The crowds stayed away that first year at the Speedway with attendance reported to be 7500. The Speedway wouldn't match the beach attendance until the early 1970s when the international stars like Giacomo Agostini began racing Daytona. But credit the AMA PR staff in the early 1960s because they were definitely on the ball: Reiman was flown to New York City after the race and appeared on the Today Show the next morning. It seemed that once committed to racing at the Speedway, the AMA was going to do what it could to keep Daytona the biggest and most prestigious motorcycle race in the country.
Now a half-century old, a lot of Daytona 200 history, in fact most, has taken place at the Speedway. The Speedway witnessed the last 200 victory by an American brand when the now legendary Cal Rayborn rode a Harley-Davidson KR750 to victory in 1969. It was a great goodbye to the KR model, which had raced on American tracks for nearly 20 years. Hard to believe in this time when a new model is totally obsolete in a year or two. That's also when the Milwaukee racer was still more reliable than the speedy, but troublesome Japanese two-strokes.
The year after Rayborn's win the first Japanese maker won the Daytona 200. It was Honda taking the 1970 race with its revolutionary four-cylinder CB750. Oh yeah, it was Dick Mann at the controls of the Honda.
The Grand Prix riders came in successive waves throughout the 1970s, bringing with them huge crowds for the first time to witness the 200 at the
Speedway. Just imagine if Valentino Rossi decided to race the Daytona 200. The equivalent of that happened when Ago came and raced the event in 1974 and '75; the best rider in the world racing our guys, Roberts, Romero, Nixon, Mann and Baker. It was incredible.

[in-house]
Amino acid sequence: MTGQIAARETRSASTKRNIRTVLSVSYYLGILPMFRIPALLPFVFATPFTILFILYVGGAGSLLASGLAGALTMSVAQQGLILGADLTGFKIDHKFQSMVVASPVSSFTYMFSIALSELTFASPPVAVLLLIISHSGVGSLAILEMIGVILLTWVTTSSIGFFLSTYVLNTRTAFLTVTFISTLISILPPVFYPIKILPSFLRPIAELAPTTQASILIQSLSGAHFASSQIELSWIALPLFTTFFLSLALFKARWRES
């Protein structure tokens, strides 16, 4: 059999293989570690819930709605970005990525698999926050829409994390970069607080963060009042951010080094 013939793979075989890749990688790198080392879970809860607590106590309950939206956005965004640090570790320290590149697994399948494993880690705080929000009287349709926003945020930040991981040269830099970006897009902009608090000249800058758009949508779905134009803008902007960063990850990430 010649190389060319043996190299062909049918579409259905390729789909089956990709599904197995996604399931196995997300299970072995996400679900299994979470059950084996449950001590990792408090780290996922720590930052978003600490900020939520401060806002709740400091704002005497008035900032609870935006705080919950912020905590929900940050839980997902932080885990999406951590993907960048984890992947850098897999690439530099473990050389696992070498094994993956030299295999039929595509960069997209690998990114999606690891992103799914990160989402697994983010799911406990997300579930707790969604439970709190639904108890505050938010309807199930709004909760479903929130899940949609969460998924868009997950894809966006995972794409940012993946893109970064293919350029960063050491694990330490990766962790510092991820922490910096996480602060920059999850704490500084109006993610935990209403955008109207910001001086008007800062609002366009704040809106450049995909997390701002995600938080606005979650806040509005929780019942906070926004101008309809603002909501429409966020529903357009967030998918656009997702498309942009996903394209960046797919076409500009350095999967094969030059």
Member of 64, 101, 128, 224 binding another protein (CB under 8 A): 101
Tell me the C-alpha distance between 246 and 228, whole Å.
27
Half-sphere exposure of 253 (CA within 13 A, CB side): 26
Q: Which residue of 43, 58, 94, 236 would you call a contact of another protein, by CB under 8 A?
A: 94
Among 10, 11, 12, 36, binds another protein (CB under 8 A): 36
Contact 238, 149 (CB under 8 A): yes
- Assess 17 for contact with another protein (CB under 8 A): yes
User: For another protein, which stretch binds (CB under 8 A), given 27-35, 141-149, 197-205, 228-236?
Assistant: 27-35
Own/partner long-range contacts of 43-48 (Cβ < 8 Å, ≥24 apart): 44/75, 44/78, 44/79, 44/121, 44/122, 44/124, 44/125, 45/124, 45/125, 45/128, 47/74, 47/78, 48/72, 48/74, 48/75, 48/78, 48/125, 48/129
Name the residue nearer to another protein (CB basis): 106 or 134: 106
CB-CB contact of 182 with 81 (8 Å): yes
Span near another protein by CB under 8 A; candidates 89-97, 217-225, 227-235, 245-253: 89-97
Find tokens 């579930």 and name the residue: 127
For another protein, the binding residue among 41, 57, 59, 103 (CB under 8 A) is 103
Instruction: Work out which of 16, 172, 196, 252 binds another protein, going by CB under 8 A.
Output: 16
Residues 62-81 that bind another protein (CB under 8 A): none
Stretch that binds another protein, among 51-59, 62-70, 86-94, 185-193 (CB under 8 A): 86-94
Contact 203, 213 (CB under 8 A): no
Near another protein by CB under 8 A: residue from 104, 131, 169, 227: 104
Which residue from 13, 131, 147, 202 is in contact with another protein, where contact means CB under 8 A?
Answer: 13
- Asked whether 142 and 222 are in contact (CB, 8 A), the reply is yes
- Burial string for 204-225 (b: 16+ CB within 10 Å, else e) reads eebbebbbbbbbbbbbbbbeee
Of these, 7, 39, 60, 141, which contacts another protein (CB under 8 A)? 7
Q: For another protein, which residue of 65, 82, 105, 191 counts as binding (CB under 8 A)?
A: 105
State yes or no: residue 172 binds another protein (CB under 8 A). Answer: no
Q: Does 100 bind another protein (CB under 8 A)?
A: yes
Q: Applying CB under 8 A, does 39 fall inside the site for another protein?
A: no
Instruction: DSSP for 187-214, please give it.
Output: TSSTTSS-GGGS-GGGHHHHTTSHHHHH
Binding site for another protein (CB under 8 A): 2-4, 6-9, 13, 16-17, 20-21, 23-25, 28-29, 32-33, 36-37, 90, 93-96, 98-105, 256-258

The Speedway saw the domination of the Yamaha two-stroke GP bikes almost through the entirety of the 1970s and into the '80s. So dominant was Yamaha in fact (a record 13 straight wins by the tuning fork, a record that will likely never be broken), that the Frances started looking at the Super-bike class as something that would offer a little more brand parity. In 1985 the Superbikes took over as did Freddie Spencer, who won all three major races that weekend (Superbike, F1 and 250 Grand Prix).
The Speedway was a source of frustration for Kenny Roberts for a time before he broke through to win in 1978 before ending his career with two more victories. Florida's own John Ashmead took the most unlikely win in the history of the race in 1989 on a years-old privateer Honda. A young Miguel Duhamel was a replacement rider in 1990 and was a blaze of speed, with the back end of his Honda squirming wildly as he braked later for the infield turns than anyone had before. DIS became a home away from home for Georgian Scott Russell, who seemed nearly unbeatable in the 1990s and earned the title "Mr. Daytona." Eddie Lawson retired from GP racing and then came back to race the 200 and his 1993 race with Russell was an epic moment for the 200. The sheer number of factory and factory-backed bikes in the field in the salad days of the mid-to-late 1990s was unmatched.
The beach course was once considered the classic Daytona 200, but the fact is the race was held on the beach a total of 19 times. And now we have 50 years of the race's history at Daytona International Speedway. cn
Was this article helpful?